We first got a chance to meet the folks at Mcor during the 2014 International CES in Las Vegas. There, our 3D Faster correspondent John Hauer, CEO of 3DLT, spent some time talking with Mcor about changing trends in the rapidly expanding 3D printing industry. Mcor is one of the pioneers in the 3D printing world.
Mcor was established in 2004, almost an entire decade before 3D Printing became a household word. Early on they focused on the commercial 3D printing industry focusing on CAD/CAM and other industries that relied on 3D printing like architecture and machining. As the company evolved, and grew, they started making it their mission to make 3D printing accessible to everyone. They serve the world from offices in Ireland, the UK and the US.
Part of that exposure to 3D printing and making 3D printing accessible to everyone is bringing 3D printing in the classroom. There is a wide range of uses for 3D printing in the classroom. Art, science, engineering, robotics, DIY educational gaming, and even classroom decoration are just a few examples of where 3D printing is useful in schools.
Mcor will be exhibiting at the upcoming ISTE convention in Atlanta later this month with the hope of reaching even more teachers, administrators and educators to show how 3D printing is changing the world our students live in.
We had a chance to talk with Mcor in a more indepth interview about 3D printing in the classroom. Check out the interview below.
Mcor Technologies Ltd, winner of the 3D Printshow Brand of the Year Award, is an innovative manufacturer of the world’s most affordable, full-color and eco-friendly 3D printers. They are the only 3D printers to use ordinary paper as the build material, a choice that renders durable, stable and tactile models. Established in 2004 with a talented team of specialists in the area of 3D printing, software and CAD/CAM, Mcor’s vision is to make 3D printing more accessible to everyone. The company operates internationally from offices in Ireland, the UK and the US. www.mcortechnologies.com.
What’s Mcor’s role in bringing 3D printing technology to the classroom?
When educating students of any age, 3D printing can be used as a core part of the curriculum to excite students, enrich their learning and encourage their advancement.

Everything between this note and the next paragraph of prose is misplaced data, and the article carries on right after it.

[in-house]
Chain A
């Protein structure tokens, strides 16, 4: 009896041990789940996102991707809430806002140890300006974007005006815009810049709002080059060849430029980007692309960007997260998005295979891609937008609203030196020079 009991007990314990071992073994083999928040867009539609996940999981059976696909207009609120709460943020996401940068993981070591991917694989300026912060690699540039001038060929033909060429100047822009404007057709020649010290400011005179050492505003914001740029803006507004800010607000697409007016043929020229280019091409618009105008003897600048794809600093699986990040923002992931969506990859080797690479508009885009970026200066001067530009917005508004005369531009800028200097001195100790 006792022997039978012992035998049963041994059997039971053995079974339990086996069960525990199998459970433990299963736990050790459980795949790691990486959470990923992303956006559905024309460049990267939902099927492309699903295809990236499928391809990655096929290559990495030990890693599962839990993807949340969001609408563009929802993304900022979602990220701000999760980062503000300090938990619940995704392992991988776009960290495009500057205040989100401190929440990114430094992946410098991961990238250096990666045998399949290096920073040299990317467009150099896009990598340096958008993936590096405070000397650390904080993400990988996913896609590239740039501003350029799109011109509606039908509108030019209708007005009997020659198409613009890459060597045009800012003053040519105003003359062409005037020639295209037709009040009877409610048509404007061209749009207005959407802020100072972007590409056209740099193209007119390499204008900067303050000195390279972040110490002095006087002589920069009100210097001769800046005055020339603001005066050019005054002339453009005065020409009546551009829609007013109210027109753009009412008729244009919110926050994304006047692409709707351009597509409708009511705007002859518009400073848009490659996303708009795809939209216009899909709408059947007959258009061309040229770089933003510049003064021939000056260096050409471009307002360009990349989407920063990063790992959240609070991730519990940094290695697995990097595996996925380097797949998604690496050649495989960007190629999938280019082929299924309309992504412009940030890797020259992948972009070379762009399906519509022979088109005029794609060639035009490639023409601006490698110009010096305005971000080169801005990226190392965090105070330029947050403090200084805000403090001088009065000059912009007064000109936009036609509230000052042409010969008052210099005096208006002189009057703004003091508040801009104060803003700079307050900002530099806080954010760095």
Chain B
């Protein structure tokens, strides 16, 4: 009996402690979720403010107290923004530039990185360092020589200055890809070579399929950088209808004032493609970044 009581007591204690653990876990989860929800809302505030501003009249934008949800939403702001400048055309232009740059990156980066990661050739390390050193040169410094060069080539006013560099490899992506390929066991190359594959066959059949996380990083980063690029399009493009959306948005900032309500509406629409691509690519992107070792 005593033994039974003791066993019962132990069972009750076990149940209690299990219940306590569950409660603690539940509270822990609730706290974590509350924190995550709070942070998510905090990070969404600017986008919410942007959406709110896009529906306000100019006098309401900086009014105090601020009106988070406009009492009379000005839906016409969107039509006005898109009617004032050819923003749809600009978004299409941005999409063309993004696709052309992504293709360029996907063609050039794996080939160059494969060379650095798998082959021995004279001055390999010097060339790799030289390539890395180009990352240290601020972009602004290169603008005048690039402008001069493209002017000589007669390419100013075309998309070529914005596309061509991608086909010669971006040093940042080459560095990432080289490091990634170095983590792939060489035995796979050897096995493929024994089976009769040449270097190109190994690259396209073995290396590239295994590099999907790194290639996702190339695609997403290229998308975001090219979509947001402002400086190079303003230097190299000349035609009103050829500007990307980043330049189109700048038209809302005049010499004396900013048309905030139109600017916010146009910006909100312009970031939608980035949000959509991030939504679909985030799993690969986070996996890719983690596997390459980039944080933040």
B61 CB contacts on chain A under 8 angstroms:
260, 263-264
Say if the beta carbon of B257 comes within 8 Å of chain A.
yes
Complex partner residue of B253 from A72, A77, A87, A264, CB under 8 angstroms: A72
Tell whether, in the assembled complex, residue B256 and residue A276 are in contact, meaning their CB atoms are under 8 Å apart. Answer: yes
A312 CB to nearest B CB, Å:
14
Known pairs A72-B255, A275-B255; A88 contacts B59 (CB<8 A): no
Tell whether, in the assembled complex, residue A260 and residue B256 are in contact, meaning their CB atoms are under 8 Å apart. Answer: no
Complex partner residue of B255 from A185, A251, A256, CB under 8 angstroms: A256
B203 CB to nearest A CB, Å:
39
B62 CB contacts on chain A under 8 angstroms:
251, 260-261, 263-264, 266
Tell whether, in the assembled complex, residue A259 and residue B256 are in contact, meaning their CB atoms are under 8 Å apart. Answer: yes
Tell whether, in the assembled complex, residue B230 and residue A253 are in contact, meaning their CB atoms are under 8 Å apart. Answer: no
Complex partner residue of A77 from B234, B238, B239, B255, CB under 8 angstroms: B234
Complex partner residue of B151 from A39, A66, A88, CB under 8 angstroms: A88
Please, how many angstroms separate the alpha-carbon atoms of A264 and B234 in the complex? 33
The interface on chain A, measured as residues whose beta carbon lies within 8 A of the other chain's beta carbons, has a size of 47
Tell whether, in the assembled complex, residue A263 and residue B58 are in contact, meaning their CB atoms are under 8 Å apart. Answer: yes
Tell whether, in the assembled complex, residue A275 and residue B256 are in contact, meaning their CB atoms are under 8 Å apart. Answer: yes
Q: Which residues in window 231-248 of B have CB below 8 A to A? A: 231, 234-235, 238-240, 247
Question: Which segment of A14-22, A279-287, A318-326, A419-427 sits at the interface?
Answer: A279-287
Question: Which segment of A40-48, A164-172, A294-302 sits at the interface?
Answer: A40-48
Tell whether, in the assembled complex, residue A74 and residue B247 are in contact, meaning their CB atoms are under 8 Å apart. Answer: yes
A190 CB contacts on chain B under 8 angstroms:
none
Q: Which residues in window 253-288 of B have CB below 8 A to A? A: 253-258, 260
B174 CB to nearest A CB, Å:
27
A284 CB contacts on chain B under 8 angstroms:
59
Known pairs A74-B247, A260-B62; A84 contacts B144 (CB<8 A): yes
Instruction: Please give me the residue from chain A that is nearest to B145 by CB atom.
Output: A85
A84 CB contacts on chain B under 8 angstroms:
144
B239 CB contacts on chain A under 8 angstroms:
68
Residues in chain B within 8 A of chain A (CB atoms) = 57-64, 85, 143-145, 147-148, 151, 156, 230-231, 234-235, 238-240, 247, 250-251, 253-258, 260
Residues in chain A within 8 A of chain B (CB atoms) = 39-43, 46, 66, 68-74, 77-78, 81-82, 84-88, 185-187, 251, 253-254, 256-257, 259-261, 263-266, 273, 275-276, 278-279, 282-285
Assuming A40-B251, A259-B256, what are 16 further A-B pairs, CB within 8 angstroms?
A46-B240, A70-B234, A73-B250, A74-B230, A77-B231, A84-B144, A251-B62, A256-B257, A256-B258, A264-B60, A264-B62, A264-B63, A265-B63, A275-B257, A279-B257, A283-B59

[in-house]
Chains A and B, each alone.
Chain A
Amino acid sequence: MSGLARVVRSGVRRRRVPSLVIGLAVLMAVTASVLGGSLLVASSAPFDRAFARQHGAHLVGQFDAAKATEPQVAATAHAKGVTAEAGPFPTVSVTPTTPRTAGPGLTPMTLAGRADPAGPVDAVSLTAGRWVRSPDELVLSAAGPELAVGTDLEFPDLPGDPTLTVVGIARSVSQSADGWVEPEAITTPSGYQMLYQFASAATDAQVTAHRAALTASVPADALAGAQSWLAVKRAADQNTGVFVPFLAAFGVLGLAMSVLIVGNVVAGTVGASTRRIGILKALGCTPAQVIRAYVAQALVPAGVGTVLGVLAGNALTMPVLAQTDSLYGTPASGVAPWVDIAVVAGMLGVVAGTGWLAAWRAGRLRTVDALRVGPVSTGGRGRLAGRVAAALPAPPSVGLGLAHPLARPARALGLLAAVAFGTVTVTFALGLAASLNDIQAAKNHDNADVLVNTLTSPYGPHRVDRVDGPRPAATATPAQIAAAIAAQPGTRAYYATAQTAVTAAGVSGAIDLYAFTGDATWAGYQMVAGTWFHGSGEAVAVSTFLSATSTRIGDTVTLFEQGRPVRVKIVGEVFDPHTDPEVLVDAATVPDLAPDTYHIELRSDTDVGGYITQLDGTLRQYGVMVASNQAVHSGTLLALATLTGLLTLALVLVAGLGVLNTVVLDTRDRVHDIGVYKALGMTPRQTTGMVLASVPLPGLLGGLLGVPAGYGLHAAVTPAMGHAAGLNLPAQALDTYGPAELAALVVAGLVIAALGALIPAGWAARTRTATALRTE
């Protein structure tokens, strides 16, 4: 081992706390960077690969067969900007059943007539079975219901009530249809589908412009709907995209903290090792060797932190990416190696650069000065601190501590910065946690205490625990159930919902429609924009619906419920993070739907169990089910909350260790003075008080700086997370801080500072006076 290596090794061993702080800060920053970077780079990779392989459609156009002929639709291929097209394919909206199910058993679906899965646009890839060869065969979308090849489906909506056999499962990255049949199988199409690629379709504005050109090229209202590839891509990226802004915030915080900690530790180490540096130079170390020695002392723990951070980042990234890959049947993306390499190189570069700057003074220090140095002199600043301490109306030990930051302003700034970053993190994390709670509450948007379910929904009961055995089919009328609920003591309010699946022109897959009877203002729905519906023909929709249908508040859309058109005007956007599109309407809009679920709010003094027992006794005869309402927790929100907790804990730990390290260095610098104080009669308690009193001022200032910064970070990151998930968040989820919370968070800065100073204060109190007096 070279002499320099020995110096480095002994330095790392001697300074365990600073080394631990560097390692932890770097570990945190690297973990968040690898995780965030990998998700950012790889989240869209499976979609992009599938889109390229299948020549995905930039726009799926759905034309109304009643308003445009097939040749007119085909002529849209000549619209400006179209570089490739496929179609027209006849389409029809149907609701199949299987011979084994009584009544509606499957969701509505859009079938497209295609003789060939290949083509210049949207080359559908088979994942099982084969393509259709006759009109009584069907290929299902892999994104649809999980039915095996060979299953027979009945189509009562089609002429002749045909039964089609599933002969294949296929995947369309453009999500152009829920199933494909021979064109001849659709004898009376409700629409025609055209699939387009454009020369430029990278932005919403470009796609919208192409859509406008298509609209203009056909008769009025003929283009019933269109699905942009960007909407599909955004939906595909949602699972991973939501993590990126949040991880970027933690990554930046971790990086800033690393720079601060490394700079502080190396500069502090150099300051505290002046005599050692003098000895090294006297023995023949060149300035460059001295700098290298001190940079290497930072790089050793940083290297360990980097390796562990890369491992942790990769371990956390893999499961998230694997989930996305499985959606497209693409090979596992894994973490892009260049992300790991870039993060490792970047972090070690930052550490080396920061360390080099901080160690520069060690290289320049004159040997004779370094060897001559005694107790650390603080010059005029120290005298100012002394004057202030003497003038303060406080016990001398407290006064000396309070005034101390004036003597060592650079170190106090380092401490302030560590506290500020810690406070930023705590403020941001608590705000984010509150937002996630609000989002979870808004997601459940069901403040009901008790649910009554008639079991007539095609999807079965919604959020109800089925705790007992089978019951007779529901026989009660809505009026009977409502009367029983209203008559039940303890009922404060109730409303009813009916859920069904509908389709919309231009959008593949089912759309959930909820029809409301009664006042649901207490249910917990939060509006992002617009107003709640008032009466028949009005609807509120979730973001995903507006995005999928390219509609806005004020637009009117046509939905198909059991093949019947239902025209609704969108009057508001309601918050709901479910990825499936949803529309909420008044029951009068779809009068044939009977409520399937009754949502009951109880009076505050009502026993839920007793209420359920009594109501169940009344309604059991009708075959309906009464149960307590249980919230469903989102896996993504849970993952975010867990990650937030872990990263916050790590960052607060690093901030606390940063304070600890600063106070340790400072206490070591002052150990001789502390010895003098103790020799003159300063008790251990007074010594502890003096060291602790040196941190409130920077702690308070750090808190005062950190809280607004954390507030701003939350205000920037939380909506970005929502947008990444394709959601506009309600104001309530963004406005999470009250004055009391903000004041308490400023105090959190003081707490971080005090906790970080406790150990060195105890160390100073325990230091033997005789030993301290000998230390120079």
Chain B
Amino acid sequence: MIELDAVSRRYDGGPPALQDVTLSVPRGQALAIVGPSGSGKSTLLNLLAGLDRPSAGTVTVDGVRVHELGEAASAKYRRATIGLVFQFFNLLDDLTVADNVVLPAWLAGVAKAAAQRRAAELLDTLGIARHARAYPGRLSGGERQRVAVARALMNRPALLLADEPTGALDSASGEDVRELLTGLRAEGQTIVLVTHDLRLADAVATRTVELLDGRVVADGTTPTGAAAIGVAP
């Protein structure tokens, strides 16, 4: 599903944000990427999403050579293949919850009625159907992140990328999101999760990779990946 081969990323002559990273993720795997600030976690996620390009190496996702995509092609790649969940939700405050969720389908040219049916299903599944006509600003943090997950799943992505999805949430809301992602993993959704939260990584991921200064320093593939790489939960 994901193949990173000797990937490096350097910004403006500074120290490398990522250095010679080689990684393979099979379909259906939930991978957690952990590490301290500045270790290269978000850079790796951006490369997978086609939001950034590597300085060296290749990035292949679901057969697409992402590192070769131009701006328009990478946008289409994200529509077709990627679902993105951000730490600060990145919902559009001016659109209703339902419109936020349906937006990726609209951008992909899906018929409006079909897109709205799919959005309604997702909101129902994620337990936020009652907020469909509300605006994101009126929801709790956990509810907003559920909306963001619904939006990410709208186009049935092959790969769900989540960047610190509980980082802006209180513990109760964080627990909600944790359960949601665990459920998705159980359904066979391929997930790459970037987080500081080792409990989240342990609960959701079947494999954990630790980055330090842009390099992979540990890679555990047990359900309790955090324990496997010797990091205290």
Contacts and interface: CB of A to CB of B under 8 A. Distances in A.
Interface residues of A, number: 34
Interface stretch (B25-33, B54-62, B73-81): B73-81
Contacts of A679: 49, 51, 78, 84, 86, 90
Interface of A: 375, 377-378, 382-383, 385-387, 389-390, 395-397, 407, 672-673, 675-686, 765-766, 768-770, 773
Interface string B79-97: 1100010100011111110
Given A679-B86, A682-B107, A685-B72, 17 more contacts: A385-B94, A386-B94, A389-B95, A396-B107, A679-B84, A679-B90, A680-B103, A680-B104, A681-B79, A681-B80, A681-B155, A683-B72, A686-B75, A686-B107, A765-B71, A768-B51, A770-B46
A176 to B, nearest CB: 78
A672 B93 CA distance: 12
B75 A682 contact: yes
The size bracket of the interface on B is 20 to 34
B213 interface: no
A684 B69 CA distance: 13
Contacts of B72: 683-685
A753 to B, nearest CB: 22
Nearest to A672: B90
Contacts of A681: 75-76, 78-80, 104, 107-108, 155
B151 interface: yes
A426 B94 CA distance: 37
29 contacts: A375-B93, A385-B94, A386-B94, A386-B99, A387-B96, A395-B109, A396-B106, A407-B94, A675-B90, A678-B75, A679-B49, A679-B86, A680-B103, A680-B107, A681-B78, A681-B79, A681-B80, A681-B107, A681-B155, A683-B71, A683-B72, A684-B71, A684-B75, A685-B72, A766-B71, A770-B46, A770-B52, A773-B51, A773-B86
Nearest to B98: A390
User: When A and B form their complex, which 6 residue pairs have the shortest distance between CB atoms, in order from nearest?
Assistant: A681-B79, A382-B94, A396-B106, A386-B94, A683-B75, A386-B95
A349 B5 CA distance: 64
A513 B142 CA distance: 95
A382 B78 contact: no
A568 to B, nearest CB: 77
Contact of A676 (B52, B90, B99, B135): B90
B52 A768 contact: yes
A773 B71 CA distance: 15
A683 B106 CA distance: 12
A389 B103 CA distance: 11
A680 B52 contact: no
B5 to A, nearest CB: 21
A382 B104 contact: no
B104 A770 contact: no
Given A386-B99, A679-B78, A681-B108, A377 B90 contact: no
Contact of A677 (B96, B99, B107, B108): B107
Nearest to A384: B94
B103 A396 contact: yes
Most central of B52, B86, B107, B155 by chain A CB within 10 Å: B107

There are a dizzying array of 3D printer choices and understandably educators might at first be tempted by media hype about, and very low initial purchase prices of, a few hobby-class 3D printers. Yet, it’s wise for them to dig deeper and learn more about alternatives so they can make a better-informed and better long-term decision for their students.
Mcor believes that to be effective in schools, 3D printing must be accessible to all students, professional-quality, yet affordable and easy to operate and, above all, safe. Following are six ways we achieve this:
1. Mcor 3D printers have the lowest operating cost of any 3D printing technology, by far.
Low operating costs translate into increased student access to the technology. You can purchase a hobbyist printer, but if the high cost of the proprietary plastic or powder material limits the amount students can print or requires students to pay exorbitant fees for their models, then students aren’t reaping the benefits they should or could out of the technology.
Mcor 3D printers use common and readily available letter and A4 copy paper, the kind schools already keep well-stocked in their supply cabinets, so the cost-per-model is 5%-20% of competing technologies and the ongoing cost is one-fifth of any other 3D printing technology.
2. Mcor 3D printers are safe and eco-friendly.
No chemicals, fumes, toxic air born particles, special disposal facilities or sharp cutting tools are involved in the Mcor 3D printing process. Mcor 3D printers use regular paper, water-based adhesive and water-based ink. So, unlike other 3D printers, Mcor 3D printers are perfectly safe for students to use daily in their classrooms. There are also no messy powders to vacuum or dust.
The process and materials are also green and eco-friendly; the paper, glue and ink can all be fully recycled; even the 3D printed models themselves can be fully recycled. So not only is the process safer than the other technologies, using Mcor technology teaches students a powerful hands-on lesson about environmental responsibility.
3. Mcor 3D printers are easy to use and maintain.
This enables students and teachers to focus on generating ideas and improving designs. It takes only students minutes to remove a model from the surrounding paper after printing simply with their bare hands and a pair of tweezers. And, unlike other technologies, Mcor 3D printed models require no post-processing after printing. Students can handle them straight out of the machine immediately after printing.
4. Mcor 3D Printers are professional-class.
Mcor 3D printer resolution is 12µ, 12µ, 100µ (0.0004 in, 0.0004 in, 0.004 in). This high resolution produces realistic models with fine detail, hollows and moving parts, the kind of models that students need to be printing in order to properly prepare them for careers and advanced educational programs.
5. Mcor 3D printers provide True, accurate and realistic color.
Mcor 3D printers provide unequaled color 3D printing capability that enhances communication and understanding. Ink is designed for paper and Mcor’s patented ink penetrates through the paper, resulting in high color fidelity and accurate, realistic models – any color anytime. It’s just what you expect from your 2D printer, but with Mcor, you get it in 3D.
Providing 1 million+ colors (CYMK – 4 cartridges including black) and 5760 x 1440 x 508 dpi color resolution, the 3D printed color is consistent with the color on screen, from model to model and on the undercuts and sidewalls of your models.